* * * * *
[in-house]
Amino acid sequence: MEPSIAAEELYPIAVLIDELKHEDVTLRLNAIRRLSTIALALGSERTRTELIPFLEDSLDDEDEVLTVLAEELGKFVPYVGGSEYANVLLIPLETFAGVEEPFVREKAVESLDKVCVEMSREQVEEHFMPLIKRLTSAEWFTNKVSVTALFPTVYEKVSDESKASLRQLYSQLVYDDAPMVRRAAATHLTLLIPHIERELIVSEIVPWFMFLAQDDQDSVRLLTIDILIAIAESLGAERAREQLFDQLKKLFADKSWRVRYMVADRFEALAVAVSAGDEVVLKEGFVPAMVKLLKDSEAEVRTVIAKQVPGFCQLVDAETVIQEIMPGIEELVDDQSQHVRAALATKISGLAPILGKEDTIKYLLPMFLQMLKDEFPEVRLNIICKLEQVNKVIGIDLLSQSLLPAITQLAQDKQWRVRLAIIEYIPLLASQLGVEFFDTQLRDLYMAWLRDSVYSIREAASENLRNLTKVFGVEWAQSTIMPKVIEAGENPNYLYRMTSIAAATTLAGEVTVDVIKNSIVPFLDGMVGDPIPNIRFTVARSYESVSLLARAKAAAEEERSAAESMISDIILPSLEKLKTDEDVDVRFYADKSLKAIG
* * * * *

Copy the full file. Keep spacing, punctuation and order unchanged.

[in-house]
Amino acid sequence: MEPSIAAEELYPIAVLIDELKHEDVTLRLNAIRRLSTIALALGSERTRTELIPFLEDSLDDEDEVLTVLAEELGKFVPYVGGSEYANVLLIPLETFAGVEEPFVREKAVESLDKVCVEMSREQVEEHFMPLIKRLTSAEWFTNKVSVTALFPTVYEKVSDESKASLRQLYSQLVYDDAPMVRRAAATHLTLLIPHIERELIVSEIVPWFMFLAQDDQDSVRLLTIDILIAIAESLGAERAREQLFDQLKKLFADKSWRVRYMVADRFEALAVAVSAGDEVVLKEGFVPAMVKLLKDSEAEVRTVIAKQVPGFCQLVDAETVIQEIMPGIEELVDDQSQHVRAALATKISGLAPILGKEDTIKYLLPMFLQMLKDEFPEVRLNIICKLEQVNKVIGIDLLSQSLLPAITQLAQDKQWRVRLAIIEYIPLLASQLGVEFFDTQLRDLYMAWLRDSVYSIREAASENLRNLTKVFGVEWAQSTIMPKVIEAGENPNYLYRMTSIAAATTLAGEVTVDVIKNSIVPFLDGMVGDPIPNIRFTVARSYESVSLLARAKAAAEEERSAAESMISDIILPSLEKLKTDEDVDVRFYADKSLKAIG